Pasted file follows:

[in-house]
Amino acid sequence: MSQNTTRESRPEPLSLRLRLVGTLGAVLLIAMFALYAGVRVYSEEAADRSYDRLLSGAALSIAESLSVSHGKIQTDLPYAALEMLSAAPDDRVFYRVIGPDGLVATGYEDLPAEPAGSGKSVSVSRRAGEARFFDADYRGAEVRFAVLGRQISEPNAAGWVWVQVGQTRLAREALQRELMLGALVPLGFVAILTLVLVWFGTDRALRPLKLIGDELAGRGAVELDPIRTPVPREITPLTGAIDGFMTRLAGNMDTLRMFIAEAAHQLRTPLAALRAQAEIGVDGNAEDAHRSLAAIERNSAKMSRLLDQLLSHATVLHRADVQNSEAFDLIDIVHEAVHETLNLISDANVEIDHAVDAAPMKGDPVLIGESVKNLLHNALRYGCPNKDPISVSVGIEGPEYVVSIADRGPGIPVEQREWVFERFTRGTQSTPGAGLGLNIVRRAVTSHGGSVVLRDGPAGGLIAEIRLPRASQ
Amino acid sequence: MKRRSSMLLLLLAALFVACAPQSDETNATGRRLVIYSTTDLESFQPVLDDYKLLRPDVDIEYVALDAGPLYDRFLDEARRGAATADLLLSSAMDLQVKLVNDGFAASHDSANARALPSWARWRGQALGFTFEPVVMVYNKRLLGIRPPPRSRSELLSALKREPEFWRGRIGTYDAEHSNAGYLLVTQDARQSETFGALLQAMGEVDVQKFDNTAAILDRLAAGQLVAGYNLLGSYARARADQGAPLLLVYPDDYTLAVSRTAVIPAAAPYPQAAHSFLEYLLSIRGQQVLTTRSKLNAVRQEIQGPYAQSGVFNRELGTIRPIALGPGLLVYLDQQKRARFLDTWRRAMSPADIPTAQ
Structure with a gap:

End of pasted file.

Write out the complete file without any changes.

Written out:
[in-house]
Amino acid sequence: MSQNTTRESRPEPLSLRLRLVGTLGAVLLIAMFALYAGVRVYSEEAADRSYDRLLSGAALSIAESLSVSHGKIQTDLPYAALEMLSAAPDDRVFYRVIGPDGLVATGYEDLPAEPAGSGKSVSVSRRAGEARFFDADYRGAEVRFAVLGRQISEPNAAGWVWVQVGQTRLAREALQRELMLGALVPLGFVAILTLVLVWFGTDRALRPLKLIGDELAGRGAVELDPIRTPVPREITPLTGAIDGFMTRLAGNMDTLRMFIAEAAHQLRTPLAALRAQAEIGVDGNAEDAHRSLAAIERNSAKMSRLLDQLLSHATVLHRADVQNSEAFDLIDIVHEAVHETLNLISDANVEIDHAVDAAPMKGDPVLIGESVKNLLHNALRYGCPNKDPISVSVGIEGPEYVVSIADRGPGIPVEQREWVFERFTRGTQSTPGAGLGLNIVRRAVTSHGGSVVLRDGPAGGLIAEIRLPRASQ
Amino acid sequence: MKRRSSMLLLLLAALFVACAPQSDETNATGRRLVIYSTTDLESFQPVLDDYKLLRPDVDIEYVALDAGPLYDRFLDEARRGAATADLLLSSAMDLQVKLVNDGFAASHDSANARALPSWARWRGQALGFTFEPVVMVYNKRLLGIRPPPRSRSELLSALKREPEFWRGRIGTYDAEHSNAGYLLVTQDARQSETFGALLQAMGEVDVQKFDNTAAILDRLAAGQLVAGYNLLGSYARARADQGAPLLLVYPDDYTLAVSRTAVIPAAAPYPQAAHSFLEYLLSIRGQQVLTTRSKLNAVRQEIQGPYAQSGVFNRELGTIRPIALGPGLLVYLDQQKRARFLDTWRRAMSPADIPTAQ
Structure with a gap: